Spinal Cord Injury
Spinal Cord Injury Research
The research program within spinal cord injury (SCI) at the Department of Physical Medicine and Rehabilitation has developed a general focus on evidence based reviews (through SCIRE), knowledge translation and pain management. Dr. Eldon Loh recently received a Mentorship grant of $120 000 from the Ontario Neurotrauma Foundation/Rick Hansen Institute to build capacity in the area of pain management following SCI. Scoping reviews in a number of aspects of pain after SCI, including epidemiology, classification, pathophysiology, and management are currently underway. Surveys examining current practice in Canada and its relation to best evidence are also being developed. The goal of this program is to establish the best evidence foundation that will inform the ultimate development of best practice guidelines to improve pain management in SCI. Other department activities include a recently completed initiative led by Dr. Keith Sequeira demonstrating the positive benefits of FES cycling. Based on Dr. Sequeira’s work, and the FES cycling program has been implemented into clinical practice at the Parkwood Fitness Centre.
The research program within PM&R is associated with the SCI Research Group led by Dr. Dalton Wolfe and Ms. Jane Hsieh of the Lawson Health Research Institute (Aging, Rehabilitation and Geriatric Care). The primary general interests of this group include knowledge mobilization with a focus on enabling technologies, exercise / physical activity, self-management and the prevention and management of secondary complications. Current SCI Research Group projects include investigations of the feasibility of internet-based, in-home fitness classes and an inter-disciplinary pressure ulcer clinic, as well as an evaluation of eLearning modules (www.sci-u.ca) to facilitate self-management in persons with SCI. The Knowledge Mobilization Network, led locally by Dr. Dalton Wolfe and nationally by Jane Hsieh, is currently developing a clinical decision support tool to assist health care providers in the management of pain after SCI. The Knowledge Mobilization Network has also recently developed more systematic approaches to risk assessment and patient education of pressure ulcers. This project is currently in the implementation phase among 6 rehabilitation centres across Canada.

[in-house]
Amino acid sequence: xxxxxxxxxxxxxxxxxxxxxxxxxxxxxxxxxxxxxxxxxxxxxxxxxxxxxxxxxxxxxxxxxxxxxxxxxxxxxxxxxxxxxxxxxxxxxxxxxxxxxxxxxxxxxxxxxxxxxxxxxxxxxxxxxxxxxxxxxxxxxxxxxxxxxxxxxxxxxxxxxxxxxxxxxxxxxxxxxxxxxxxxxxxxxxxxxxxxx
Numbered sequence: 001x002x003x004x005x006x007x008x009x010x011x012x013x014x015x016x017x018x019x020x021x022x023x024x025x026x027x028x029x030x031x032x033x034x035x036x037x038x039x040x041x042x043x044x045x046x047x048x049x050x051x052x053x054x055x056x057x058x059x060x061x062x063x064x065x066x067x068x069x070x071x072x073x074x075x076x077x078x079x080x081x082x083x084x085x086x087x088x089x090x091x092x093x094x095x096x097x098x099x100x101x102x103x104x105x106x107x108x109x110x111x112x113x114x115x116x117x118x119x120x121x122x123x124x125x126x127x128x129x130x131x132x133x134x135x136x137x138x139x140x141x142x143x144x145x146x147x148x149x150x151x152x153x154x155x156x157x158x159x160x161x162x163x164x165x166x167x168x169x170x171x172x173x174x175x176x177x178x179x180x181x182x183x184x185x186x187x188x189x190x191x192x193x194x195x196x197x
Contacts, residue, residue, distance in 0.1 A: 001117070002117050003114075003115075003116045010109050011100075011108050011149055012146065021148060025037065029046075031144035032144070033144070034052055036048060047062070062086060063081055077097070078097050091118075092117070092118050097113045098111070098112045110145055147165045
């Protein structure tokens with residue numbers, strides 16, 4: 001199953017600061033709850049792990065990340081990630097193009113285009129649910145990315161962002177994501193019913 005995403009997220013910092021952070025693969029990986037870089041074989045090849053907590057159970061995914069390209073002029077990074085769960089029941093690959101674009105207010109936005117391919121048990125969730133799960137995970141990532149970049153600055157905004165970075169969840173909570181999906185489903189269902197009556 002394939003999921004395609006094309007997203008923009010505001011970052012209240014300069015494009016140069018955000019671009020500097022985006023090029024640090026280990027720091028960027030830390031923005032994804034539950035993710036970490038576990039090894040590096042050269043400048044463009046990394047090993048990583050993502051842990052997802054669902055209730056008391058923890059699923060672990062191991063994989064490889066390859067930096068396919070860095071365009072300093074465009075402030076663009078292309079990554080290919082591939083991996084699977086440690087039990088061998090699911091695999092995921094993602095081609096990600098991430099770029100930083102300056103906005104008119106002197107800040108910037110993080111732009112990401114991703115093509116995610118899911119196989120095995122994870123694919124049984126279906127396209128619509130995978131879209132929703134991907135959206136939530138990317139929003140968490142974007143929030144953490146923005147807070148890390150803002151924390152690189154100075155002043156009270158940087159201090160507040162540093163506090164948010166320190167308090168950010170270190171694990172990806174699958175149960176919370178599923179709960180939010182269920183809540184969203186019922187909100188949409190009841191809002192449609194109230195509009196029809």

Dr. Eldon Loh is currently collaborating with Dr. David Walton in the Faculty of Health Sciences to develop methods of improving interventional pain management of axial spine pain. Specifically, the role of facet intraarticular cortisone injections will be examined, as well as the relation of myofascial trigger points to primary facetogenic pain. Swati Mehta, a Ph.D. student supervised by Dr. Walton, is assessing factors that predict the success of various interventional procedures, including intraarticular cortisone injection.